Our revenues come from online sales and also bulk sales to a few corporate and international buyers. We have recently launched a set of products that corporate can gift to their employees and clients. We also have products that companies and institutions can use to make their events greener.

We’re a very lean company and being a start up its critical for us to keep our cost low so that we can pass on the benefits to our partners and customers. We have not yet started making profits but in a year’s time we should break even.

Q, Do you see high potential in online market for products in India? What are your plans with ‘Green and Good Store’?
Shopping online offers unmatched convenience and often gets you the better price for the same quality as the operational costs are lower and can be passed on to customers. Excellent payment gateways like CC Avenue have made it very safe and easy for people to shop online.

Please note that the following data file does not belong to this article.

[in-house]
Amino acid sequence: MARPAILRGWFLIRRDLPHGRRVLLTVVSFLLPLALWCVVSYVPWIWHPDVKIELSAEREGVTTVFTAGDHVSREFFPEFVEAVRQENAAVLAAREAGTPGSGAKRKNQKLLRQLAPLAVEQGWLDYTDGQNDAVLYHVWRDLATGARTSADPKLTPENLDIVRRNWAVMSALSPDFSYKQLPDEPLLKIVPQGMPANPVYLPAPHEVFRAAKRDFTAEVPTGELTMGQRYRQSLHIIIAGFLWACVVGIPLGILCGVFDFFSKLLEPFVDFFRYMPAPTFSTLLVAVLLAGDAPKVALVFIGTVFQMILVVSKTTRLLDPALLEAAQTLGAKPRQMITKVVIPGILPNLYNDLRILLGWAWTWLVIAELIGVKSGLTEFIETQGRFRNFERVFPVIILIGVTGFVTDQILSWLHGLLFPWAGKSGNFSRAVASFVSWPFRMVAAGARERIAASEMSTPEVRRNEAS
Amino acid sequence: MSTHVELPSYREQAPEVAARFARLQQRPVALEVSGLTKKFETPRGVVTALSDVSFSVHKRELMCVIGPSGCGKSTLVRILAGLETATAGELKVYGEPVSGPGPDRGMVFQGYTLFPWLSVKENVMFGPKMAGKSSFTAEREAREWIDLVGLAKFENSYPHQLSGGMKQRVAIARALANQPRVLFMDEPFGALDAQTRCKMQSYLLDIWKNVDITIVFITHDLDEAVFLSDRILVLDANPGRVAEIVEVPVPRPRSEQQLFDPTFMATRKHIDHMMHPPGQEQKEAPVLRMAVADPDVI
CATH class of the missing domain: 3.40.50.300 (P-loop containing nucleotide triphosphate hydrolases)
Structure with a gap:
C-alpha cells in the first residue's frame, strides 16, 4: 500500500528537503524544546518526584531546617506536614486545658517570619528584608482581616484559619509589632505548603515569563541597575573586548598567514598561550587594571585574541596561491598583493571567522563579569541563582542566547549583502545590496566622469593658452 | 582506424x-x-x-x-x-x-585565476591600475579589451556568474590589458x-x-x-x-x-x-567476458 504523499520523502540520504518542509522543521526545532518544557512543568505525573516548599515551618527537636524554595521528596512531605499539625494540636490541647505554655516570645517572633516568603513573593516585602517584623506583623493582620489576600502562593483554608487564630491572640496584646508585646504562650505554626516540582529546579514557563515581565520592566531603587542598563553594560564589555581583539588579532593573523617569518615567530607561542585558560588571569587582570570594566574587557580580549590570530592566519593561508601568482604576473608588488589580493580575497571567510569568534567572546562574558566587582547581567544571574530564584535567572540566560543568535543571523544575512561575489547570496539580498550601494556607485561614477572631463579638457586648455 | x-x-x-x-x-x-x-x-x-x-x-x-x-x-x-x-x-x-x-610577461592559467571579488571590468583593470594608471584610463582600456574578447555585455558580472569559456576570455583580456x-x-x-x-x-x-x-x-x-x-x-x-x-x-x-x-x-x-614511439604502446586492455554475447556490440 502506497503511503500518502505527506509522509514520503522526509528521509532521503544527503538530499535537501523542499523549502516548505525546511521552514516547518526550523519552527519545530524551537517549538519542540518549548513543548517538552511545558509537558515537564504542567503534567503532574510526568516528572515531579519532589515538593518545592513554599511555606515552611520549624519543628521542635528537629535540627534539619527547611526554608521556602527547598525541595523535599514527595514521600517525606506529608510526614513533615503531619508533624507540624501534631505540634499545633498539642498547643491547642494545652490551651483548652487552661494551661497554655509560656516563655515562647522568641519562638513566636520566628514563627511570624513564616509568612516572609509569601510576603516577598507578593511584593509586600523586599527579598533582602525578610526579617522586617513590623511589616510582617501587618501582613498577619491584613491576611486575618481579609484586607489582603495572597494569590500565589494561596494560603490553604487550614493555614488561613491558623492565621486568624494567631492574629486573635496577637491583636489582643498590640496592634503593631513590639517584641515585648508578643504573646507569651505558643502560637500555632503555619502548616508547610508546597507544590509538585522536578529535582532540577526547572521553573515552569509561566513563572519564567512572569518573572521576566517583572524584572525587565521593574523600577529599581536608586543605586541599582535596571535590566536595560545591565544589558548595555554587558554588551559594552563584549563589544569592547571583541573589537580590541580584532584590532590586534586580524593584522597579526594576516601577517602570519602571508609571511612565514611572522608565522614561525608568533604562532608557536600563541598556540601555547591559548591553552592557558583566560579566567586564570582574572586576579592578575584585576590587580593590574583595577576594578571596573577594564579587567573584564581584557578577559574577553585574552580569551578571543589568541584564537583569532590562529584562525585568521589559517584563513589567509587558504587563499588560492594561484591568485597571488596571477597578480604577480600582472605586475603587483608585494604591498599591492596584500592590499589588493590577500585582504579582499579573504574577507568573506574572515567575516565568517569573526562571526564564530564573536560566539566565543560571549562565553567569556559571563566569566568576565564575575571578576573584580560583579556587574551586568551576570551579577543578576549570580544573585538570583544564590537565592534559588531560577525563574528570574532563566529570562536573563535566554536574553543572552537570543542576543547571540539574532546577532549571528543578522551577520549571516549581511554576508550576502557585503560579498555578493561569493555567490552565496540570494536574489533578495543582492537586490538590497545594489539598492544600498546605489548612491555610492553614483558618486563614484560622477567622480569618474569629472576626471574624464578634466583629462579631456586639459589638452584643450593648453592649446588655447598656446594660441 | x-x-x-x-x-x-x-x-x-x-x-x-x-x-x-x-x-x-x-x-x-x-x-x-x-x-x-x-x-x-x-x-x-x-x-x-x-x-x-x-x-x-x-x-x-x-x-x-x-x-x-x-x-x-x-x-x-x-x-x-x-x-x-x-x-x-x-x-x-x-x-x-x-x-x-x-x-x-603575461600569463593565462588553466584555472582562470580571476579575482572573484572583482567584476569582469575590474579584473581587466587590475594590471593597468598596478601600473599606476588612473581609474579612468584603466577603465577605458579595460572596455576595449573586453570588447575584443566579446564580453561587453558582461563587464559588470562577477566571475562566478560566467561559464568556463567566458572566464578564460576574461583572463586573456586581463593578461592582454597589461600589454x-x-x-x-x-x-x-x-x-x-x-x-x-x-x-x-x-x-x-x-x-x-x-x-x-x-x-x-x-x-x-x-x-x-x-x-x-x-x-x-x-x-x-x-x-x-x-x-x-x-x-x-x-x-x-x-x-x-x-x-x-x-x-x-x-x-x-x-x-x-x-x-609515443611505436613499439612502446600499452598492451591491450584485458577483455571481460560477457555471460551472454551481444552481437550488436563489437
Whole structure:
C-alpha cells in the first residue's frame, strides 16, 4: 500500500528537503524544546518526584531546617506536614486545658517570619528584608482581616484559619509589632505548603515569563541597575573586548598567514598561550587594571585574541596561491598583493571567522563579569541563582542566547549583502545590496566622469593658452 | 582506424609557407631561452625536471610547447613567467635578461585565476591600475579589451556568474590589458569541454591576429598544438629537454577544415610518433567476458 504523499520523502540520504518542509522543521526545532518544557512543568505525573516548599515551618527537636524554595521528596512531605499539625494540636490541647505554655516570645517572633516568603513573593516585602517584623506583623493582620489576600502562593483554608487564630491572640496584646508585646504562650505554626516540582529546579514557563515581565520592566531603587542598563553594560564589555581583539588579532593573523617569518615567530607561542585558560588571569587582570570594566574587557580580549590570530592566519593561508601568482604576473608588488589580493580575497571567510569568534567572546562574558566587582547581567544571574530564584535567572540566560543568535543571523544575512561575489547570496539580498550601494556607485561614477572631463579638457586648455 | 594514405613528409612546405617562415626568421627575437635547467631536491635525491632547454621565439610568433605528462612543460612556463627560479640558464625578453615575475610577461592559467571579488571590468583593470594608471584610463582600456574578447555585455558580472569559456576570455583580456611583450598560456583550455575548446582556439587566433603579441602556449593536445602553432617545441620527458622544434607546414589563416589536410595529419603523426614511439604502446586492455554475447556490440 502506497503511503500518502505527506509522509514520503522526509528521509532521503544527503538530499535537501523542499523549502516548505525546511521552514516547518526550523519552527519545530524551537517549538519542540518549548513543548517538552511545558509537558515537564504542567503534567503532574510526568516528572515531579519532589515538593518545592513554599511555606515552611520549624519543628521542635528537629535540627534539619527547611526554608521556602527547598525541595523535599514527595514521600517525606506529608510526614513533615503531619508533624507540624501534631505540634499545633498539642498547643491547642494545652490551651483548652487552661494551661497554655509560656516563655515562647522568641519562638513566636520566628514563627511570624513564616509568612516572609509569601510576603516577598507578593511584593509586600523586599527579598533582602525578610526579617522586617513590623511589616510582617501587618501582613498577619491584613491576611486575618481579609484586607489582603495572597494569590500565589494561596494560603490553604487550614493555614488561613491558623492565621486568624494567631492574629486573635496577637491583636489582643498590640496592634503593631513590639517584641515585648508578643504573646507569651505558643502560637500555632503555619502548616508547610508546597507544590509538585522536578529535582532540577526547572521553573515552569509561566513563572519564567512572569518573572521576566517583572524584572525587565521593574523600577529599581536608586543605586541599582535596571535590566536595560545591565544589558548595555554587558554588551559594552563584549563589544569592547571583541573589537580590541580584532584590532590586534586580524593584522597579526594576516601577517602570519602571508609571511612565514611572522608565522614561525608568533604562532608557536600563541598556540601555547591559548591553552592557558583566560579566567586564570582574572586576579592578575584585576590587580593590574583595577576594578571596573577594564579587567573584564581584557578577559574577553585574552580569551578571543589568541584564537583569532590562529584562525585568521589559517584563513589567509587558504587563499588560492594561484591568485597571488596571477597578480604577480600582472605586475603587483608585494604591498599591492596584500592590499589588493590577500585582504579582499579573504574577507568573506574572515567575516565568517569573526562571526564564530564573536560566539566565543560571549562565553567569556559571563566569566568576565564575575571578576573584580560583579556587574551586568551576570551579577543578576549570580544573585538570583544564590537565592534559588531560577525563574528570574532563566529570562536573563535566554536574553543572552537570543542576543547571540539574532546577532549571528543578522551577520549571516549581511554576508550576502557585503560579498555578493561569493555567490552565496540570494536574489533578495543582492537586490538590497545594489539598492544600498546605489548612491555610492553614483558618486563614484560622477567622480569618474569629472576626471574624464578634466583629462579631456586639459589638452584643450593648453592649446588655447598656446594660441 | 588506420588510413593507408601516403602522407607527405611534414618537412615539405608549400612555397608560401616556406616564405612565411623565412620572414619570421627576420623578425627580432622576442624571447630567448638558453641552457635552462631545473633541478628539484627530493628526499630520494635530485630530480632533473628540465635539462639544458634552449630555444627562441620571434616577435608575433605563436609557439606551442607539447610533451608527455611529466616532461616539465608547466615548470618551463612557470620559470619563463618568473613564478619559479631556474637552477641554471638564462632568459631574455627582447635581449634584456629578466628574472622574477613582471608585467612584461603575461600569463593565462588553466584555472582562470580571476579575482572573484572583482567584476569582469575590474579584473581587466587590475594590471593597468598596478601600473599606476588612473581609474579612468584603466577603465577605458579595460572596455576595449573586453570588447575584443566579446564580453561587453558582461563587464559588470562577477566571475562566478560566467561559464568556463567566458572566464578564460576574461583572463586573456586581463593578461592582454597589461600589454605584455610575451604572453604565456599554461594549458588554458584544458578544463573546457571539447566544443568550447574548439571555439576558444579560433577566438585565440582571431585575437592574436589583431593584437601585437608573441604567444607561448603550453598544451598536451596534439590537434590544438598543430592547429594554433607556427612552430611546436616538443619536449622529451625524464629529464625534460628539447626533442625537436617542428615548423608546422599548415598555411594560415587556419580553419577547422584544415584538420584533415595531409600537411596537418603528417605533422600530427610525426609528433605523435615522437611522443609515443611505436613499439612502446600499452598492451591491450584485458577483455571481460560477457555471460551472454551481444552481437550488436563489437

Internet will increasingly become a medium of choice for people to shop over the next few years. As more of Internet savvy adults enter the market they will be more comfortable shopping online and will know the convenience that it offer. Hence I believe, Internet does have great potential in the future.

For us Internet is an ideal channel. All our products have a story to tell. Internet makes it possible for us to engage our customers and take them behind the scenes and meet our partners and see how products are made. We believe that if people have to make smarter choices and switch to greener products they need to understand what they are buying and how it is better than what they have been using for years. This kind of information exchange and engagement is possible only with internet.

Q. How are you handling the competition?
At the moment our focus is on improving ourselves. We have just begun and we have lots to do to realize what we have set out to accomplish. Also, we feel that there’s plenty of space for everyone. It would be great to have many players in the sector and grow this concept together and benefit the world.

Q. What according to you is the potential of the ‘go-green’ entrepreneurship in India? Are there any issues regarding regulations and policies, which need attention?